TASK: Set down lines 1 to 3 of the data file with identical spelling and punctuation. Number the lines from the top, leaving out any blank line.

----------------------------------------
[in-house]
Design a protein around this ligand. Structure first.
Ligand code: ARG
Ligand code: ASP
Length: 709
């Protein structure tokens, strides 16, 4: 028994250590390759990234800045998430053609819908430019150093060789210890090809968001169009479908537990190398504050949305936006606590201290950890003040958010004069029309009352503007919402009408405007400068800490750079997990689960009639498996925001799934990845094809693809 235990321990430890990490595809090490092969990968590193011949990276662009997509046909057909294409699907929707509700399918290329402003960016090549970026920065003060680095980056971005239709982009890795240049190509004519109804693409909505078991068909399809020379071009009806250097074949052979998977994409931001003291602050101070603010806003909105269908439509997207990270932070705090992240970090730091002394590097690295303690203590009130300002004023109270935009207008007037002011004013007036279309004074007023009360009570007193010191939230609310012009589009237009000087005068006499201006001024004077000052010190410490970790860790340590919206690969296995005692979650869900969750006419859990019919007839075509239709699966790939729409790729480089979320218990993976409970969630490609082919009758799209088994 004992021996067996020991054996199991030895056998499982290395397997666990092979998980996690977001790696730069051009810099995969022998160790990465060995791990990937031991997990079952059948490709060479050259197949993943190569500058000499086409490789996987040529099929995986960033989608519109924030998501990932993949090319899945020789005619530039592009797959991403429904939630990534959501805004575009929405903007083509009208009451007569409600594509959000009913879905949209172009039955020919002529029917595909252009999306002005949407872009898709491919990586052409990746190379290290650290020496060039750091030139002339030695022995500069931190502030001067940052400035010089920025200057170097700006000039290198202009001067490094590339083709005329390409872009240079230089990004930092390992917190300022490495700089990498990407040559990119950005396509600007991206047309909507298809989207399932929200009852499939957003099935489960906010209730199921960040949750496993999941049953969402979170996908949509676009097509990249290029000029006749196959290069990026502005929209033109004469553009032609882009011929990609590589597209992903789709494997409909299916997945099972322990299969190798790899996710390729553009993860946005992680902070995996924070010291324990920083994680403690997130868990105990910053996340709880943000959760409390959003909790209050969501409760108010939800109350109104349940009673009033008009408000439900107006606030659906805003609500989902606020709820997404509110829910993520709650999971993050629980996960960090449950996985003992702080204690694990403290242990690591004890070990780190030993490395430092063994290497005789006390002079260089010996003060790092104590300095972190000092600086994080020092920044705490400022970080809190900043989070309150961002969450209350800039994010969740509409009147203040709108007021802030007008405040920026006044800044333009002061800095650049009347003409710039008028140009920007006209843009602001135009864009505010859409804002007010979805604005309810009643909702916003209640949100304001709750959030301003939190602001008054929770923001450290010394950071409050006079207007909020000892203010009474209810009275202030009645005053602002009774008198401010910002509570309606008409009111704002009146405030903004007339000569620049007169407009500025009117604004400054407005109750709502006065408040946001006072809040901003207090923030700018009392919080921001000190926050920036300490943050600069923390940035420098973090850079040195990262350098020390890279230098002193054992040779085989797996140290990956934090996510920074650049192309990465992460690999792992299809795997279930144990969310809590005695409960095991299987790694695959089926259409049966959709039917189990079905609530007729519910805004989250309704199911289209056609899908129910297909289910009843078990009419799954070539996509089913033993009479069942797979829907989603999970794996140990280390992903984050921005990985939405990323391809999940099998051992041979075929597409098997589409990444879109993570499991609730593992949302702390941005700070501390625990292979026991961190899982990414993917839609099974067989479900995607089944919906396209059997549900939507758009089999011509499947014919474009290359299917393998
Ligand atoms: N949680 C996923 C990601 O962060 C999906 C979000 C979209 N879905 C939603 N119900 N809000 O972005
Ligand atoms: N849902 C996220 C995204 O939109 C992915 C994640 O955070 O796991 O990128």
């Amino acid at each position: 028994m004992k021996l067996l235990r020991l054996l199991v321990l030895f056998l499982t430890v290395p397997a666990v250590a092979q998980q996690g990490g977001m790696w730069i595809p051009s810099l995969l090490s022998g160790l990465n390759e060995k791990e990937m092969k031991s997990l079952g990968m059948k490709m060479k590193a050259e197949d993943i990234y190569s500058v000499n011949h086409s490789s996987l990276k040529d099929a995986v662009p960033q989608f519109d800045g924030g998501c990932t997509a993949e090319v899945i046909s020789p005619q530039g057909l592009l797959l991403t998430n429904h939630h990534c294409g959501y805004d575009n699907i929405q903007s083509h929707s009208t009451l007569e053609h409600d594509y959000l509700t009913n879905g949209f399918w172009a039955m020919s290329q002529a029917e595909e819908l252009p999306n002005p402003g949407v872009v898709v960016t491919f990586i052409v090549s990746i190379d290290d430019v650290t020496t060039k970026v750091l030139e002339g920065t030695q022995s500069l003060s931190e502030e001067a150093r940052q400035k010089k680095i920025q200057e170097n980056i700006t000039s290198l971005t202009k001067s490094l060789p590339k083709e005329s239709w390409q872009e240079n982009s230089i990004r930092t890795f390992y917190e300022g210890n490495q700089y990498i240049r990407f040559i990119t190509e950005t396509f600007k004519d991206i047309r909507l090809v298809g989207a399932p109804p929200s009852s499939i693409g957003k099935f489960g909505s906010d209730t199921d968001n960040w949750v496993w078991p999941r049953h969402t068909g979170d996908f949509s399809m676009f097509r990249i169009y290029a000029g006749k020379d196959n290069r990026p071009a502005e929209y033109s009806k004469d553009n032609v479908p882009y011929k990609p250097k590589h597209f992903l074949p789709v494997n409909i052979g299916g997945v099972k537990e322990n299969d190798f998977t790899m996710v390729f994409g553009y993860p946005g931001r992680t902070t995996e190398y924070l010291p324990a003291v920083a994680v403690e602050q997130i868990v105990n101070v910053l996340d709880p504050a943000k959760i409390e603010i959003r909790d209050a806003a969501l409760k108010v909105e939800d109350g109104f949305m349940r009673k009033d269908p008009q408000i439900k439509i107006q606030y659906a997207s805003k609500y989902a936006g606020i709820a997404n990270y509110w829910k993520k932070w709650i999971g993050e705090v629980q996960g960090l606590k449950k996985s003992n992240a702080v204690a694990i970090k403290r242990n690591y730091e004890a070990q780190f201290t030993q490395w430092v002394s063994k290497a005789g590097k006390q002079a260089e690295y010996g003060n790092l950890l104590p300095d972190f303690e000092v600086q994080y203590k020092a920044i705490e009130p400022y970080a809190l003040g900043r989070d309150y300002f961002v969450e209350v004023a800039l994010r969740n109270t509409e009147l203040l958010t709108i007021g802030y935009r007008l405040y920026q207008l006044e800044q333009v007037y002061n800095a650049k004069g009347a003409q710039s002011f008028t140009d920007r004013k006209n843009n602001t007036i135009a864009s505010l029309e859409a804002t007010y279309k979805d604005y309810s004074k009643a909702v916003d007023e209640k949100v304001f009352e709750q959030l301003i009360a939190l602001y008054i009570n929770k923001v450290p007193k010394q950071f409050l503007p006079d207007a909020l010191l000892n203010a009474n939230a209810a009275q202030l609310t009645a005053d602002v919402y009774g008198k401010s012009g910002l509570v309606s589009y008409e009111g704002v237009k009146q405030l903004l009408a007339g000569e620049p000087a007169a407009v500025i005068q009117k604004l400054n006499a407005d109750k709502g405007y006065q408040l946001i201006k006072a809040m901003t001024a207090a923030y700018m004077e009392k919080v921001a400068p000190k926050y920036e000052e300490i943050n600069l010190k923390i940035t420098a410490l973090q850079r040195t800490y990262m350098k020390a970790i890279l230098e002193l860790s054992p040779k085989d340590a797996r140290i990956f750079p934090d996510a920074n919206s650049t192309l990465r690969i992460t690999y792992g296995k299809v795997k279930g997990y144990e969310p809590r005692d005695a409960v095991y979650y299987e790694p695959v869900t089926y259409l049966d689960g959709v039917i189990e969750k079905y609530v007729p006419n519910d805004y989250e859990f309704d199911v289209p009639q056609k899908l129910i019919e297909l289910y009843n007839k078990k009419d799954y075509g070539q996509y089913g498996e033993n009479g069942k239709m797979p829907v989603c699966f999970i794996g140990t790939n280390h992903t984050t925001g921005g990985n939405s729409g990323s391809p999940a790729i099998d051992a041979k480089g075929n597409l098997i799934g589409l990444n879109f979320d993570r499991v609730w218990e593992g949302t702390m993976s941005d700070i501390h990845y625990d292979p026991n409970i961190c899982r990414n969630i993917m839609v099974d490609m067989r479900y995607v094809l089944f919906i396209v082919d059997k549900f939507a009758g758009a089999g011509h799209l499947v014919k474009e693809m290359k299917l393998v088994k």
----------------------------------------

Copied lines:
[in-house]
Design a protein around this ligand. Structure first.
Ligand code: ARG